Arts & Theater

Cirque du Soleil changes formula with ‘Toruk: The First Flight’

It takes 27 semi-truck trailers to move all the equipment used in Cirque du Soleil’s “Toruk: The First Flight.”
It takes 27 semi-truck trailers to move all the equipment used in Cirque du Soleil’s “Toruk: The First Flight.” Cirque du Soleil

Cirque du Soleil has to be one of the most successful marriages of alternative art and commerce ever.

Formed in 1984, the group of Canadian street artists deconstructed the traditional idea of a circus. They rebuilt it as a “contemporary circus,” emphasizing human performance and classical clowning without performing animals, and became the largest theatrical producer in the world.

The company’s 37th production, “Toruk: The First Flight,” comes to Sacramento’s Golden 1 Center on Nov. 30-Dec. 4.

Toruk inhabits the world suggested by James Cameron’s 2009 fantasy film “Avatar,” but the show is not at all “Avatar on stage.”

Cameron’s record-breaking science fiction fantasy film is set in the mid-22nd century, when humans are colonizing a moon called Pandora in order to obtain minerals there. The mining activity threatens a tribe of indigenous humanoid species called Na’vi.

“Toruk” takes place thousands of years before the events of the film, before humans ever come to Pandora.

Cirque du Soleil (in French it means Circus of the Sun) has been integrating narrative storytelling into its acrobatic spectacles for several years, but for “Toruk” it has partnered for the first time with an outside creative organization to produce a show.

The show came together under the artistic guidance of Cirque co-founder Guy Laliberté and chief creative guide Jean-François Bouchard, who along with James Cameron and his Lightstorm Entertainment creative team led 13 creative designers on the project.

“You have a marriage of two big fish,” French-born traveling artistic director Fabrice Lemire said of the Cirque-Cameron collaboration.

The show was written and directed by Michel Lemieux and Victor Pilon, who are also the multimedia directors and, according to Lemire, the heart and soul of “Toruk.”

“The audience will be led by a narrator who is going to speak our language, and he is going to be a bridge for us to make us better understand as we go along,” Lemire said.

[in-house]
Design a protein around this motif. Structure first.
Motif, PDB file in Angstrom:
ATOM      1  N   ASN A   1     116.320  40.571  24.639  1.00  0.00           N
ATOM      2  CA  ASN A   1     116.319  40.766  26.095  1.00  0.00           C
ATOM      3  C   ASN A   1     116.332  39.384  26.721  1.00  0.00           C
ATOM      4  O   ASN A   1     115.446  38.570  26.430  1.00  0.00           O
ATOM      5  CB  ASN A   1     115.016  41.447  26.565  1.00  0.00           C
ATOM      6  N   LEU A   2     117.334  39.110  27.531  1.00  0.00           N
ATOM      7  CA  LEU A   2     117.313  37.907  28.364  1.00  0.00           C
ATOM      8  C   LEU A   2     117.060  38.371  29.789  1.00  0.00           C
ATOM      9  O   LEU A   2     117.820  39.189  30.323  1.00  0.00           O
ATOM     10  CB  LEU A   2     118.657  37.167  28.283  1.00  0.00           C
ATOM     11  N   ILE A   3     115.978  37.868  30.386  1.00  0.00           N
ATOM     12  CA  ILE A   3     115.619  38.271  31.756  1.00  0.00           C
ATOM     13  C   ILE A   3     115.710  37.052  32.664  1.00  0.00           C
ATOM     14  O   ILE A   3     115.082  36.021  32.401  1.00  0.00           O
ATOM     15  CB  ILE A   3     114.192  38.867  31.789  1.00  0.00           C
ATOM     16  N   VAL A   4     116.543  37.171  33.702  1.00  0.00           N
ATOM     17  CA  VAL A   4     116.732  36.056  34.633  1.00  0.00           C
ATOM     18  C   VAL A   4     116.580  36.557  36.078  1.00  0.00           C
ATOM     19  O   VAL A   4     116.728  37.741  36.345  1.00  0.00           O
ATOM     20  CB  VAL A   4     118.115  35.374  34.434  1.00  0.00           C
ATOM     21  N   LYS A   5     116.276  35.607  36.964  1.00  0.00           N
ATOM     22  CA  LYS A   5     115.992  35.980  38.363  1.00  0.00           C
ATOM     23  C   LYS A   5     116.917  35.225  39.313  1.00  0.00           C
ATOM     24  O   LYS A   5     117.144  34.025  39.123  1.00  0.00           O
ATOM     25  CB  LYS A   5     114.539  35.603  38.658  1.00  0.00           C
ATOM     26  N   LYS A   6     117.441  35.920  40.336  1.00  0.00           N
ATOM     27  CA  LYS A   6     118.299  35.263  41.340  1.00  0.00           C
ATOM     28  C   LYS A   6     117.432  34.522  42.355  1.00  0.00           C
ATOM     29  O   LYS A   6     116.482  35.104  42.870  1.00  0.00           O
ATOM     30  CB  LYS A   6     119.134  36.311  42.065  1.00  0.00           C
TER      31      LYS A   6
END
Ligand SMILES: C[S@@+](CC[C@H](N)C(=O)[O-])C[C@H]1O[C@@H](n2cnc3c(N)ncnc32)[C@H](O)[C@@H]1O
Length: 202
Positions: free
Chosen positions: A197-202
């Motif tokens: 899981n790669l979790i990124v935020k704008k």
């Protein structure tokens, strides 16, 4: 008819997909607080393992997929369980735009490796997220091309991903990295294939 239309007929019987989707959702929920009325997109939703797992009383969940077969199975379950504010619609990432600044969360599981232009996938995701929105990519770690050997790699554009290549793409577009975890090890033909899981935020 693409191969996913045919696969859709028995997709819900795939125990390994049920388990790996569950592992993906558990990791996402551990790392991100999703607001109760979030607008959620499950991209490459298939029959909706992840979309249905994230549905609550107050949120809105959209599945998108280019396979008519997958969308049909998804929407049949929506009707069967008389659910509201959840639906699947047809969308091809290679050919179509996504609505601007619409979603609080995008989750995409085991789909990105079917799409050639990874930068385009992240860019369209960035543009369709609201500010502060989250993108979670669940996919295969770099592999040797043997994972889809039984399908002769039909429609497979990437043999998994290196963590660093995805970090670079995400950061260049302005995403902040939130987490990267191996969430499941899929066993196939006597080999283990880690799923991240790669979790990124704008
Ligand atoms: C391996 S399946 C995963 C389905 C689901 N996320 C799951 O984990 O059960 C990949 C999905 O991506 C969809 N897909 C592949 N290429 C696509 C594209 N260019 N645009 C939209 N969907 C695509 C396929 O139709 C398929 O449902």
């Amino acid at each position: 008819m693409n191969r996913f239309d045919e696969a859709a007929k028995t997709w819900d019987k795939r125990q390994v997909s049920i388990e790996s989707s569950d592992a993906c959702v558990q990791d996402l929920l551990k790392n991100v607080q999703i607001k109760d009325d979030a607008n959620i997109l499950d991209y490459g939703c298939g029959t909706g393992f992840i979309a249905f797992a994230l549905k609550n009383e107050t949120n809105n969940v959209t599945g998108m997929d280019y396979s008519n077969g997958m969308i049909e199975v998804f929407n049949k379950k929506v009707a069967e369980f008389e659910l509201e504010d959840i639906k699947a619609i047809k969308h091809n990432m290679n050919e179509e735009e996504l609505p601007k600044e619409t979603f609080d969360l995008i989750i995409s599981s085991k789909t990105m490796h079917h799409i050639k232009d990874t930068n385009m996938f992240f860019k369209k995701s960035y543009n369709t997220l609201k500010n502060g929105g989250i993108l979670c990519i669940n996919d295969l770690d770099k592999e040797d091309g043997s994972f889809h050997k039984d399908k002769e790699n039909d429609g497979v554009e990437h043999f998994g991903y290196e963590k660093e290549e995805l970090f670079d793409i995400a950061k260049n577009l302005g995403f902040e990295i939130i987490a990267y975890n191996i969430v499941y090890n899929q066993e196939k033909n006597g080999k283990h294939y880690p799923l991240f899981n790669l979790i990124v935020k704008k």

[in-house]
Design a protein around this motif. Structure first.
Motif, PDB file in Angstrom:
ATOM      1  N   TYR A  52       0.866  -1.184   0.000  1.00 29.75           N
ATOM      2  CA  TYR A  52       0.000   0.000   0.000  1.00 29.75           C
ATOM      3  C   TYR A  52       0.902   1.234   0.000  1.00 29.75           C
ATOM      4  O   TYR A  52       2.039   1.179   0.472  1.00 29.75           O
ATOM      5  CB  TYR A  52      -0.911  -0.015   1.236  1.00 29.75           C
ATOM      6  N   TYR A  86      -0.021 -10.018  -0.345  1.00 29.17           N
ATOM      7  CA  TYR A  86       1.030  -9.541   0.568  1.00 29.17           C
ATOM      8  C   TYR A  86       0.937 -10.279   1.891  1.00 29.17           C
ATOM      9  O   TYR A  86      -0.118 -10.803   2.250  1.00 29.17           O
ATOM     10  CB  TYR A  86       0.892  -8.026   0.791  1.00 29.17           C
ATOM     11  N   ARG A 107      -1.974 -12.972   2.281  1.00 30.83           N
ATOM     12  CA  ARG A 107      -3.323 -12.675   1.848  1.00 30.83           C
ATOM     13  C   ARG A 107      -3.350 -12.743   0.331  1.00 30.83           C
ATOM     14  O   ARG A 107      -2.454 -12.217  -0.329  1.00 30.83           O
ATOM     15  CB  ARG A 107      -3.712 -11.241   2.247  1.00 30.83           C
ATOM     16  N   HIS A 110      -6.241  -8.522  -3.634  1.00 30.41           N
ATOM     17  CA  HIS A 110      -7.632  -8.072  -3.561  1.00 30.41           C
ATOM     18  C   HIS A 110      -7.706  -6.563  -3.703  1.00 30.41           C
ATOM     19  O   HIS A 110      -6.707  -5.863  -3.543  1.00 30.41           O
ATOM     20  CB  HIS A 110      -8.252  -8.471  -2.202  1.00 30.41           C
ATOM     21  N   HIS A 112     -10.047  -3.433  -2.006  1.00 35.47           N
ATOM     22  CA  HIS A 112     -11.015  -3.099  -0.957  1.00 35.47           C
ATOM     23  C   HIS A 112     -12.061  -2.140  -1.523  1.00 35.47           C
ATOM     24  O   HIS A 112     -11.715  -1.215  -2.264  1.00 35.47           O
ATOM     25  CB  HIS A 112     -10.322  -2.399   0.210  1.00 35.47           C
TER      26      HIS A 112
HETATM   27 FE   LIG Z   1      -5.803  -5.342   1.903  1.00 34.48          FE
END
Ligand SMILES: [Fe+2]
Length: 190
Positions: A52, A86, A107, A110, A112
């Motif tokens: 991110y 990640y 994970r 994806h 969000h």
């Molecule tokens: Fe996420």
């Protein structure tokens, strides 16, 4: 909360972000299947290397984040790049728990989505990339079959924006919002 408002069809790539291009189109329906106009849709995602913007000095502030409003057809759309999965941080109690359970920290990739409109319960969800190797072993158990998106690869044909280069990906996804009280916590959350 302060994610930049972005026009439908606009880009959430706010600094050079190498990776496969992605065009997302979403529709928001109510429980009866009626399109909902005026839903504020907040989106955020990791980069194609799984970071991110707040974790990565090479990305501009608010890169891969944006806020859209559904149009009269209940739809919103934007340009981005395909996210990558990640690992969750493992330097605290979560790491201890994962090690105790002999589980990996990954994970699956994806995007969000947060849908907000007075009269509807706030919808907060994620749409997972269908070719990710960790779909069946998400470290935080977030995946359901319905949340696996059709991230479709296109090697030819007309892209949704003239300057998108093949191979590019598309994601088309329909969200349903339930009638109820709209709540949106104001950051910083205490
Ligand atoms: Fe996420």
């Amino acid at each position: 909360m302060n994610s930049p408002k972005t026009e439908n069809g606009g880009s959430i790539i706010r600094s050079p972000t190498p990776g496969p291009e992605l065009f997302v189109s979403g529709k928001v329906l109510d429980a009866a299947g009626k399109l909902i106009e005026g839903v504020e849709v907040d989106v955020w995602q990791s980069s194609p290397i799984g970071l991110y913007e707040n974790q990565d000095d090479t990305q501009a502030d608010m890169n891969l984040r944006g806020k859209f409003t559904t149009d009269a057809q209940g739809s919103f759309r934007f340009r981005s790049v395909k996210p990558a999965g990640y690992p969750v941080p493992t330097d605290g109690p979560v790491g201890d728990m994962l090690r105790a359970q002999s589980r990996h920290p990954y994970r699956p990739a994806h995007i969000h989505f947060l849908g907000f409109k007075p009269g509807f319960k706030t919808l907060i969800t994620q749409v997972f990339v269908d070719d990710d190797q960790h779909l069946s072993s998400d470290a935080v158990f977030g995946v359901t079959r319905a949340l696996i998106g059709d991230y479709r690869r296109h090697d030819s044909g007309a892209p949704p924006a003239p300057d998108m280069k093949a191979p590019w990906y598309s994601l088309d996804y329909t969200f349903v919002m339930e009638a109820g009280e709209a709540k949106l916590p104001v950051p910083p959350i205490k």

The technical visuals by Lemieux and Pilon go hand in hand with the narration.

“Michel and Victor are the genius of visuals,” said Lemire. “This is their forte. The narration was the driving force, but we also have the visual impact.”

Lemire first came onto the project as assistant director during its formative stages and wondered how the theatrical production could do justice to the lush, intricate jungle landscape of the film, which was hailed at the time for its technological innovations.

“What Michel and Victor delivered its exactly in line with what the movie created. The universe James Cameron created is completely on stage,” Lemire said.

“The arena floor is a beautiful landscape, which will continue to evolve as you go along from one scene to the next.”

“Here we have very much a driven storytelling narrative and even though we have done a little of this before, it’s the first time where we have a thread which takes you through the journey,” Lemire said. “We are not just relying on acrobatics and stunts to entertain our audience. We are going to look outside the box and see what else is available here which fits the universe of James Cameron.”

The technical requirements needed to create the world of “Toruk” are overwhelming. There are 41 artists and more than 40 technicians traveling with the show full time. The tour uses 27 semi-truck trailers to haul its equipment around the world. Lemire, who joined Cirque du Soleil in 2008, always travels with the company, as his responsibilities are maintaining the artistic integrity of the concept and content of the show as well as overseeing the performers and artistic team.

Lemire has to make sure all the elements are intact from city to city. Most Cirque du Soleil shows consist of a series of acts, any one of which can replaced or eliminated for either technical or personnel reasons. But because “Toruk” has an interlocking story, it’s a much more difficult proposition to substitute elements.

“I don’t have that much flexibility because every single part in the show has a single purpose in the narrative and the flow and the pacing of the show,” Lemire said.

He believes the collaboration with Cameron and the embrace of technology to create new shows are symbolic of Cirque du Soleil staying innovative after 30 years.

“We will always be alert to what’s available and test it and try it,” Lemire said. “It’s the way performing arts stay alive.”

Marcus Crowder: 916-321-1120, @marcuscrowder

Toruk: The First Flight

What: A new touring production by Cirque du Soleil inspired by the James Cameron film “Avatar.”

When: 7:30 p.m. Wednesday-Thursday, Nov. 30-Dec. 1; 3:30 and 7:30 p.m. Friday, Dec. 2; 4 and 8 p.m Saturday, Dec. 3; 1 and 5 p.m. Sunday, Dec. 4.

Where: Golden 1 Center, 500 David J Stern Walk, Sacramento

Cost: $25-$215

Information: www.ticketmaster.com; cirquedusoleil.com/Toruk

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